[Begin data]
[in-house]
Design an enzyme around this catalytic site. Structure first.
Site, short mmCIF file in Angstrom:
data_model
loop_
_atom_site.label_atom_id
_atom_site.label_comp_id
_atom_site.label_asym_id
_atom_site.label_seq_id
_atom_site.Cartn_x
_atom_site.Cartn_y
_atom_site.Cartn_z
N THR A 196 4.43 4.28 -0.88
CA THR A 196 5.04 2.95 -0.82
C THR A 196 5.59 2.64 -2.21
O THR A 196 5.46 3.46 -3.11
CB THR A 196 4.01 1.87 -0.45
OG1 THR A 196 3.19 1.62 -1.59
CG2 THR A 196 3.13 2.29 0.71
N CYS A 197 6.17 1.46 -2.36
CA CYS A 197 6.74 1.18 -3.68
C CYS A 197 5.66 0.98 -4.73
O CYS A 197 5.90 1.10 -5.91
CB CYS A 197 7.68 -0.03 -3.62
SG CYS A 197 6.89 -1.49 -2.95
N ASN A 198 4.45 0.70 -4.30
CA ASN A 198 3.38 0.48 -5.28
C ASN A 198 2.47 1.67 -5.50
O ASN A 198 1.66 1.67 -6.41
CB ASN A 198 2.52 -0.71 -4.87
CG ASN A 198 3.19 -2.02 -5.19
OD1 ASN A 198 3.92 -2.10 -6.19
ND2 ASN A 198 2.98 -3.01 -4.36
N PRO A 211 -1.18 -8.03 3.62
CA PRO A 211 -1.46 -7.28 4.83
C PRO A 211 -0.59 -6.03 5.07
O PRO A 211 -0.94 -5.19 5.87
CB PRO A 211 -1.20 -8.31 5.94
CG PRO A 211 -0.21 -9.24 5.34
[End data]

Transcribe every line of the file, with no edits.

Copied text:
[in-house]
Design an enzyme around this catalytic site. Structure first.
Site, short mmCIF file in Angstrom:
data_model
loop_
_atom_site.label_atom_id
_atom_site.label_comp_id
_atom_site.label_asym_id
_atom_site.label_seq_id
_atom_site.Cartn_x
_atom_site.Cartn_y
_atom_site.Cartn_z
N THR A 196 4.43 4.28 -0.88
CA THR A 196 5.04 2.95 -0.82
C THR A 196 5.59 2.64 -2.21
O THR A 196 5.46 3.46 -3.11
CB THR A 196 4.01 1.87 -0.45
OG1 THR A 196 3.19 1.62 -1.59
CG2 THR A 196 3.13 2.29 0.71
N CYS A 197 6.17 1.46 -2.36
CA CYS A 197 6.74 1.18 -3.68
C CYS A 197 5.66 0.98 -4.73
O CYS A 197 5.90 1.10 -5.91
CB CYS A 197 7.68 -0.03 -3.62
SG CYS A 197 6.89 -1.49 -2.95
N ASN A 198 4.45 0.70 -4.30
CA ASN A 198 3.38 0.48 -5.28
C ASN A 198 2.47 1.67 -5.50
O ASN A 198 1.66 1.67 -6.41
CB ASN A 198 2.52 -0.71 -4.87
CG ASN A 198 3.19 -2.02 -5.19
OD1 ASN A 198 3.92 -2.10 -6.19
ND2 ASN A 198 2.98 -3.01 -4.36
N PRO A 211 -1.18 -8.03 3.62
CA PRO A 211 -1.46 -7.28 4.83
C PRO A 211 -0.59 -6.03 5.07
O PRO A 211 -0.94 -5.19 5.87
CB PRO A 211 -1.20 -8.31 5.94
CG PRO A 211 -0.21 -9.24 5.34